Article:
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Search Results: 1 - 10 of 340489 matches for " H. R. Kennard "
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A model for alignment between microscopic rods and vorticity
M. Wilkinson,H. R. Kennard
Physics , 2012, DOI: 10.1088/1751-8113/45/45/455502
Abstract: Numerical simulations show that microscopic rod-like bodies suspended in a turbulent flow tend to align with the vorticity vector, rather than with the dominant eignevector of the strain-rate tensor. This paper investigates an analytically solvable limit of a model for alignment in a random velocity field with isotropic statistics. The vorticity varies very slowly and the isotropic random flow is equivalent to a pure strain with statistics which are axisymmetric about the direction of the vorticity. We analyse the alignment in a weakly fluctuating uniaxial strain field, as a function of the product of the strain relaxation time $\tau_{\rm s}$ and the angular velocity $\omega$ about the vorticity axis. We find that when $\omega\tau_{\rm s}\gg 1$, the rods are predominantly either perpendicular or parallel to the vorticity.
Anisotropic covering of fractal sets
M. Wilkinson,H. R. Kennard,M. A. Morgan
Physics , 2012,
Abstract: We consider the optimal covering of fractal sets in a two-dimensional space using ellipses which become increasingly anisotropic as their size is reduced. If the semi-minor axis is \epsilon and the semi-major axis is \delta, we set \delta=\epsilon^\alpha, where 0<\alpha<1 is an exponent characterising the anisotropy of the covers. For point set fractals, in most cases we find that the number of points N which can be covered by an ellipse centred on any given point has expectation value < N > ~ \epsilon^\beta, where \beta is a generalised dimension. We investigate the function \beta(\alpha) numerically for various sets, showing that it may be different for sets which have the same fractal dimension.
Visuospatial Sequence Learning without Seeing
Clive R. Rosenthal,Christopher Kennard,David Soto
PLOS ONE , 2012, DOI: 10.1371/journal.pone.0011906
Abstract: The ability to detect and integrate associations between unrelated items that are close in space and time is a key feature of human learning and memory. Learning sequential associations between non-adjacent visual stimuli (higher-order visuospatial dependencies) can occur either with or without awareness (explicit vs. implicit learning) of the products of learning. Existing behavioural and neurocognitive studies of explicit and implicit sequence learning, however, are based on conscious access to the sequence of target locations and, typically, on conditions where the locations for orienting, or motor, responses coincide with the locations of the target sequence.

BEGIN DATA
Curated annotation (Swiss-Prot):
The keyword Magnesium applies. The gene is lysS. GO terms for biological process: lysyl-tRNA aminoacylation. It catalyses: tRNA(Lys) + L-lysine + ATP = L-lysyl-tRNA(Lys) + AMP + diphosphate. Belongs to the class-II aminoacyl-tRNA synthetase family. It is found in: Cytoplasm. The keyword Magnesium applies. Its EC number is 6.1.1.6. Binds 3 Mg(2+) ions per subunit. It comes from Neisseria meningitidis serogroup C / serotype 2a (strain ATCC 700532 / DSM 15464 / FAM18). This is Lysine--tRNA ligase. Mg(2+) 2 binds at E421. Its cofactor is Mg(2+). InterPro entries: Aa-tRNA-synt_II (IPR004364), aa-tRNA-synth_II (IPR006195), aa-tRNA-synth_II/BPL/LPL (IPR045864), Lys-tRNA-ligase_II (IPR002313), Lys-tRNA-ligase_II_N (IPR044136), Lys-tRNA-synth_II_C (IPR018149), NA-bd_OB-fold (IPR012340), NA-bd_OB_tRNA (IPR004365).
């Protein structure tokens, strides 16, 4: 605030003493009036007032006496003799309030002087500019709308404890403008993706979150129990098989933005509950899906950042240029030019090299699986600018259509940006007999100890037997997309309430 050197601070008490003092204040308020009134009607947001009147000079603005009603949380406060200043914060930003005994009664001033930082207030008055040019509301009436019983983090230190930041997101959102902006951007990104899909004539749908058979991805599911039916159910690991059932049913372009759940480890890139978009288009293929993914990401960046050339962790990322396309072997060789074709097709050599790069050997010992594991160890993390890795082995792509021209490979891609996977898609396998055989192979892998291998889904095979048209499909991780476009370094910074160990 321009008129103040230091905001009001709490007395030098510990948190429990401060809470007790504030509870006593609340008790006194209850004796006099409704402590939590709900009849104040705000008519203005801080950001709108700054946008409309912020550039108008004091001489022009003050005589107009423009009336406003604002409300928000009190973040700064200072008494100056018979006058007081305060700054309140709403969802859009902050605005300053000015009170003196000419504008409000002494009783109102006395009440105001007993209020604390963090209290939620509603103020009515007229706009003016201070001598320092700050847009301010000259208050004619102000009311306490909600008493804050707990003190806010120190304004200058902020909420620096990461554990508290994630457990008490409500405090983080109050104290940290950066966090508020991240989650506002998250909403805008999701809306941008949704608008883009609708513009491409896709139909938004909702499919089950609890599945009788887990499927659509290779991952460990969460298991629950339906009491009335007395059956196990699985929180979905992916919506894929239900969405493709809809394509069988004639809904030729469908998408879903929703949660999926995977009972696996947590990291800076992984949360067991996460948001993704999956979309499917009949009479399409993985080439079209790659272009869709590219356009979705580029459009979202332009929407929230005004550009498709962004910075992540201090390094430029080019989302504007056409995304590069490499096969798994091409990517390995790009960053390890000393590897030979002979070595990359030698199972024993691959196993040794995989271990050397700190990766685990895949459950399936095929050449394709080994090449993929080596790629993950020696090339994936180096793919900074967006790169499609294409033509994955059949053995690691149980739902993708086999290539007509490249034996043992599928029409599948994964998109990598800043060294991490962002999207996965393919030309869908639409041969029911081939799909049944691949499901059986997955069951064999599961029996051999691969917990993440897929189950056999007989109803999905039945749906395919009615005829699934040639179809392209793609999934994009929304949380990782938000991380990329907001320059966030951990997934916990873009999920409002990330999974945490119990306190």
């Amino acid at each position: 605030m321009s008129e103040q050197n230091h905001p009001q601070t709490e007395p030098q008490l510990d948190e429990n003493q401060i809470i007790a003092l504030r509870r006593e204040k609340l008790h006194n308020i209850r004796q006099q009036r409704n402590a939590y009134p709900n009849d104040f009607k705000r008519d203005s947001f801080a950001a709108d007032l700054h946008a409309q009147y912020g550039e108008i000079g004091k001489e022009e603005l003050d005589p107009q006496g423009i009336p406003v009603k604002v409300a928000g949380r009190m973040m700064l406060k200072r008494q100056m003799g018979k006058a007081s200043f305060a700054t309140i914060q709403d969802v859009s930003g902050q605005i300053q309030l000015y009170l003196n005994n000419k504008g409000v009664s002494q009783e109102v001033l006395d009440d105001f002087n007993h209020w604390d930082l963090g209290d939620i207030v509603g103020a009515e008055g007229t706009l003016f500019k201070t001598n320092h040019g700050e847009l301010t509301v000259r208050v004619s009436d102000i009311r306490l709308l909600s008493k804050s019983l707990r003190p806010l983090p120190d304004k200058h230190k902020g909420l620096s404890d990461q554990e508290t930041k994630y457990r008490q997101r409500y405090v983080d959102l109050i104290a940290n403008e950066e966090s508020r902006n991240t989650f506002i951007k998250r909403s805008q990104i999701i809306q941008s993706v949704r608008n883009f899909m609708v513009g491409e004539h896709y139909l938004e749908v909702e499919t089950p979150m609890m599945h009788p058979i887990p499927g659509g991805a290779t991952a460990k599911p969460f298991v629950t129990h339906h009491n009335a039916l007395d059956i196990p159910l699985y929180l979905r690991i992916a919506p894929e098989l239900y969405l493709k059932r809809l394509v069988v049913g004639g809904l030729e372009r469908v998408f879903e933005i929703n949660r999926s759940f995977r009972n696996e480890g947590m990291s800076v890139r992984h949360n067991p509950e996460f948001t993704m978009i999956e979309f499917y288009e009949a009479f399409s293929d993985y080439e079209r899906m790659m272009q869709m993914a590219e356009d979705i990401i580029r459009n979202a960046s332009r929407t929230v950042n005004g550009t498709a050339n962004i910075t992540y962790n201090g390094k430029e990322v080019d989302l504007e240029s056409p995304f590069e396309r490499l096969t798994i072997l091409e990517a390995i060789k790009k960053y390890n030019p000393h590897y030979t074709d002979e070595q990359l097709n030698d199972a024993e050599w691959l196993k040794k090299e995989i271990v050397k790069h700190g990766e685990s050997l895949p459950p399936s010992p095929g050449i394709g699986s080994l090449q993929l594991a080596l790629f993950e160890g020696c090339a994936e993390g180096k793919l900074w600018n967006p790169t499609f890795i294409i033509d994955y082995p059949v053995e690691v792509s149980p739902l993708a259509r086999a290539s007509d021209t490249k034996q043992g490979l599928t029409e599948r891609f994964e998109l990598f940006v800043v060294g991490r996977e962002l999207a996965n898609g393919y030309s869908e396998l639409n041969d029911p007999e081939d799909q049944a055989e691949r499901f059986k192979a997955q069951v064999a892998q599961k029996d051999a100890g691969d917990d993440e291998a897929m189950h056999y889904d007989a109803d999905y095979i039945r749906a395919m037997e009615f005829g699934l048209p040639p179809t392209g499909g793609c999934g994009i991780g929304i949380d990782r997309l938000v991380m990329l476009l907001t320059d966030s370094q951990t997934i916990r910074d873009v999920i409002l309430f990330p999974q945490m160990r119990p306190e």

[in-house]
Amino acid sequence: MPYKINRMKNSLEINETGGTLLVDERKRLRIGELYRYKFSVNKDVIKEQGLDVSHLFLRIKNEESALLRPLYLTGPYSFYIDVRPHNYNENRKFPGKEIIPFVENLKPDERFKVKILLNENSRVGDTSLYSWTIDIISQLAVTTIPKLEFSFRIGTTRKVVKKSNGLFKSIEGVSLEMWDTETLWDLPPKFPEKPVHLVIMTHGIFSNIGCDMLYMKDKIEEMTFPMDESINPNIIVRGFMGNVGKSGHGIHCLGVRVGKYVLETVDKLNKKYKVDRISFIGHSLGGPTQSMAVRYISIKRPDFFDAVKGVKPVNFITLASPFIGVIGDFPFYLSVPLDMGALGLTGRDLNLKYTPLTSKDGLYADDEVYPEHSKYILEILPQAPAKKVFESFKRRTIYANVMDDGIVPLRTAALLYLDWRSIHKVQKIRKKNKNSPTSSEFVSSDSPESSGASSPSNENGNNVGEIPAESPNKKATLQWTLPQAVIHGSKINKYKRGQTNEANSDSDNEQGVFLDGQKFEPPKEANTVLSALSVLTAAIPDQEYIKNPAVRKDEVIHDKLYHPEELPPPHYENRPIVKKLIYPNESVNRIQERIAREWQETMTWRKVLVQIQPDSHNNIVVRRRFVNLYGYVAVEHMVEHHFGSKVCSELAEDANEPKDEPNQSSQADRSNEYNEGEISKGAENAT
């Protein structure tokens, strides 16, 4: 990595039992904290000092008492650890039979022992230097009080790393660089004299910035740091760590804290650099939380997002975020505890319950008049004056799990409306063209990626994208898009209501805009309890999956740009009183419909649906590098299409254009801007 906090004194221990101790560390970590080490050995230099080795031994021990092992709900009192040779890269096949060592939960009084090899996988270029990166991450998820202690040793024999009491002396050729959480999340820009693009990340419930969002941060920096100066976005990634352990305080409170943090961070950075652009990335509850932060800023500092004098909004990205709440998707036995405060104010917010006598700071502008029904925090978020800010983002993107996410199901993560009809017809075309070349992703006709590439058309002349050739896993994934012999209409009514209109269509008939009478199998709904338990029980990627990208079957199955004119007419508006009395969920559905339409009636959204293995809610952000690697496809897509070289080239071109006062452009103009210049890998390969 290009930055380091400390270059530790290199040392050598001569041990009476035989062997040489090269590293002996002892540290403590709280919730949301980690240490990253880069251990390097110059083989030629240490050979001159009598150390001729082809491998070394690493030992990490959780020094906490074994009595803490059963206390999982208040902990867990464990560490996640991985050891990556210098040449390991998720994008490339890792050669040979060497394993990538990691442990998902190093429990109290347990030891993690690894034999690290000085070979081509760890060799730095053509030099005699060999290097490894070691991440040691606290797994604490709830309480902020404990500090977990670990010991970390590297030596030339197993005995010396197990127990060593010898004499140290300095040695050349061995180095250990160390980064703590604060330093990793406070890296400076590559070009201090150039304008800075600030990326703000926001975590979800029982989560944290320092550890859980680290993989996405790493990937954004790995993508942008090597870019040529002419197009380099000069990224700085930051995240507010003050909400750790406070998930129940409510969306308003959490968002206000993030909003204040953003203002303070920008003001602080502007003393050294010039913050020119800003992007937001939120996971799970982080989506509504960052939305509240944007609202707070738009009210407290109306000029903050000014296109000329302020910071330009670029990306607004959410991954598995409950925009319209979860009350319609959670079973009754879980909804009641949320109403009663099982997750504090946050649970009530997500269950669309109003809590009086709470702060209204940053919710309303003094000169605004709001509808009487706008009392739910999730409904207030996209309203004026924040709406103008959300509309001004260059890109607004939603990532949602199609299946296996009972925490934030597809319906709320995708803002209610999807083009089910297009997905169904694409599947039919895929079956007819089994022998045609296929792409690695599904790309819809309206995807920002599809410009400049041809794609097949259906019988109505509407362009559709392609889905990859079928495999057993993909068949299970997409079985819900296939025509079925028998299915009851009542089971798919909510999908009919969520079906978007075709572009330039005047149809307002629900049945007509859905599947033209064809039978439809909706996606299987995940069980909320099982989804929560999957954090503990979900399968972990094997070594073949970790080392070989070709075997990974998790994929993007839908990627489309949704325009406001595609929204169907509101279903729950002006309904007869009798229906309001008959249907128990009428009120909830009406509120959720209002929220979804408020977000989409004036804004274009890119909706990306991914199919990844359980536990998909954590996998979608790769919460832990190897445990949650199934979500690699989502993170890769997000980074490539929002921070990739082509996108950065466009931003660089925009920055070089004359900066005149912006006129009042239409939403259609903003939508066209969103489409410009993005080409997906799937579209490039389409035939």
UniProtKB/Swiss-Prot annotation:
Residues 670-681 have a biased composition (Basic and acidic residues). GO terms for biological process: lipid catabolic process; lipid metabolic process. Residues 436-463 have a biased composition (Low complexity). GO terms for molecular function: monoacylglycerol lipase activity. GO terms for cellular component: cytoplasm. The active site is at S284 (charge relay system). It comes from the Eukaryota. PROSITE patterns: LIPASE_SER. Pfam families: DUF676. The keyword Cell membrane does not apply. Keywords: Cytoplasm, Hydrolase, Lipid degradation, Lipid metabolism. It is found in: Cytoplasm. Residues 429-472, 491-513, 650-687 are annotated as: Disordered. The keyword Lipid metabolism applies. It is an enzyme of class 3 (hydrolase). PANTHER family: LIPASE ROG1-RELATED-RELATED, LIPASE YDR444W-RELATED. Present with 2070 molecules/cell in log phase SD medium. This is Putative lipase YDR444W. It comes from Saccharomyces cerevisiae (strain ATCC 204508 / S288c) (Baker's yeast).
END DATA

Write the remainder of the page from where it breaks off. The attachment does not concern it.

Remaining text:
Generalisation of New Sequence Knowledge Depends on Response Modality
Clive R. Rosenthal, Tammy W. C. Ng, Christopher Kennard
PLOS ONE , 2013, DOI: 10.1371/journal.pone.0053990
Abstract: New visuomotor skills can guide behaviour in novel situations. Prior studies indicate that learning a visuospatial sequence via responses based on manual key presses leads to effector- and response-independent knowledge. Little is known, however, about the extent to which new sequence knowledge can generalise, and, thereby guide behaviour, outside of the manual response modality. Here, we examined whether learning a visuospatial sequence either via manual (key presses, without eye movements), oculomotor (obligatory eye movements), or perceptual (covert reorienting of visuospatial attention) responses supported generalisation to direct and indirect tests administered either in the same (baseline conditions) or a novel response modality (transfer conditions) with respect to initial study. Direct tests measured the use of conscious knowledge about the studied sequence, whereas the indirect tests did not ostensibly draw on the study phase and measured response priming. Oculomotor learning supported the use of conscious knowledge on the manual direct tests, whereas manual learning supported generalisation to the oculomotor direct tests but did not support the conscious use of knowledge. Sequence knowledge acquired via perceptual responses did not generalise onto any of the manual tests. Manual, oculomotor, and perceptual sequence learning all supported generalisation in the baseline conditions. Notably, the manual baseline condition and the manual to oculomotor transfer condition differed in the magnitude of general skill acquired during the study phase; however, general skill did not predict performance on the post-study tests. The results demonstrated that generalisation was only affected by the responses used to initially code the visuospatial sequence when new knowledge was applied to a novel response modality. We interpret these results in terms of response-effect distinctiveness, the availability of integrated effector- and motor-plan based information, and discuss their implications for neurocognitive accounts of sequence learning.